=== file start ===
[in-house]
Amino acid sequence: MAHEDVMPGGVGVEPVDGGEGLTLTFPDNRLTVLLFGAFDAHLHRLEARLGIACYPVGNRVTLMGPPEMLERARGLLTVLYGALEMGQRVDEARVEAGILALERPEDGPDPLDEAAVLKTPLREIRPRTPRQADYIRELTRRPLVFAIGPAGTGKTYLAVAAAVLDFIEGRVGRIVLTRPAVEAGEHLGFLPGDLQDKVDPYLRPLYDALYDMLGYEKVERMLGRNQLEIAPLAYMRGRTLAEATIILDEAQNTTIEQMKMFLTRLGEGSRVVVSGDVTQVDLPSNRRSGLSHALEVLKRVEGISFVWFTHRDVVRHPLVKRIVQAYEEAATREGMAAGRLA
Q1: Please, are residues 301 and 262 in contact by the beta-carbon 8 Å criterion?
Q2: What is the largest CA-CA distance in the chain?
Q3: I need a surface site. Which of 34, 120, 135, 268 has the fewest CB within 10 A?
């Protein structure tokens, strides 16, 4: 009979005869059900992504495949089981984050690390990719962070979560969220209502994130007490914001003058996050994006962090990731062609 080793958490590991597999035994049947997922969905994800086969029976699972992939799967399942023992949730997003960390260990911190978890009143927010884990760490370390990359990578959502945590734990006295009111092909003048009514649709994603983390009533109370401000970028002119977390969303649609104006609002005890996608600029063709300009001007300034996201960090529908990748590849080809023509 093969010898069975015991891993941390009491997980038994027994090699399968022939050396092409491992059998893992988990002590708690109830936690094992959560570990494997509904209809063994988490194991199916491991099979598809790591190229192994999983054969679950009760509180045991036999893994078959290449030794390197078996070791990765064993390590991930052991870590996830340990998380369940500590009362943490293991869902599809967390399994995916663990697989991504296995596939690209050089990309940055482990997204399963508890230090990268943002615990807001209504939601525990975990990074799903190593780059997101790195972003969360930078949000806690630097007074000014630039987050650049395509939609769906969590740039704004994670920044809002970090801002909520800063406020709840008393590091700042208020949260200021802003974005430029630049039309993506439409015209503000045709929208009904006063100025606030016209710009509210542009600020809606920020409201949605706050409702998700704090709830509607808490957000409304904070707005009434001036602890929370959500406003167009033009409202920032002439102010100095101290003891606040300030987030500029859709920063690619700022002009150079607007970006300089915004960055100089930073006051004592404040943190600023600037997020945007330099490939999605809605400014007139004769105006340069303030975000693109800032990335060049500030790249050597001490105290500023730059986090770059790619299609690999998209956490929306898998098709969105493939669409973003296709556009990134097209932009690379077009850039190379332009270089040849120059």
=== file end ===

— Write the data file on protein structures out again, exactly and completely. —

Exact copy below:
[in-house]
Amino acid sequence: MAHEDVMPGGVGVEPVDGGEGLTLTFPDNRLTVLLFGAFDAHLHRLEARLGIACYPVGNRVTLMGPPEMLERARGLLTVLYGALEMGQRVDEARVEAGILALERPEDGPDPLDEAAVLKTPLREIRPRTPRQADYIRELTRRPLVFAIGPAGTGKTYLAVAAAVLDFIEGRVGRIVLTRPAVEAGEHLGFLPGDLQDKVDPYLRPLYDALYDMLGYEKVERMLGRNQLEIAPLAYMRGRTLAEATIILDEAQNTTIEQMKMFLTRLGEGSRVVVSGDVTQVDLPSNRRSGLSHALEVLKRVEGISFVWFTHRDVVRHPLVKRIVQAYEEAATREGMAAGRLA
Q1: Please, are residues 301 and 262 in contact by the beta-carbon 8 Å criterion?
Q2: What is the largest CA-CA distance in the chain?
Q3: I need a surface site. Which of 34, 120, 135, 268 has the fewest CB within 10 A?
């Protein structure tokens, strides 16, 4: 009979005869059900992504495949089981984050690390990719962070979560969220209502994130007490914001003058996050994006962090990731062609 080793958490590991597999035994049947997922969905994800086969029976699972992939799967399942023992949730997003960390260990911190978890009143927010884990760490370390990359990578959502945590734990006295009111092909003048009514649709994603983390009533109370401000970028002119977390969303649609104006609002005890996608600029063709300009001007300034996201960090529908990748590849080809023509 093969010898069975015991891993941390009491997980038994027994090699399968022939050396092409491992059998893992988990002590708690109830936690094992959560570990494997509904209809063994988490194991199916491991099979598809790591190229192994999983054969679950009760509180045991036999893994078959290449030794390197078996070791990765064993390590991930052991870590996830340990998380369940500590009362943490293991869902599809967390399994995916663990697989991504296995596939690209050089990309940055482990997204399963508890230090990268943002615990807001209504939601525990975990990074799903190593780059997101790195972003969360930078949000806690630097007074000014630039987050650049395509939609769906969590740039704004994670920044809002970090801002909520800063406020709840008393590091700042208020949260200021802003974005430029630049039309993506439409015209503000045709929208009904006063100025606030016209710009509210542009600020809606920020409201949605706050409702998700704090709830509607808490957000409304904070707005009434001036602890929370959500406003167009033009409202920032002439102010100095101290003891606040300030987030500029859709920063690619700022002009150079607007970006300089915004960055100089930073006051004592404040943190600023600037997020945007330099490939999605809605400014007139004769105006340069303030975000693109800032990335060049500030790249050597001490105290500023730059986090770059790619299609690999998209956490929306898998098709969105493939669409973003296709556009990134097209932009690379077009850039190379332009270089040849120059």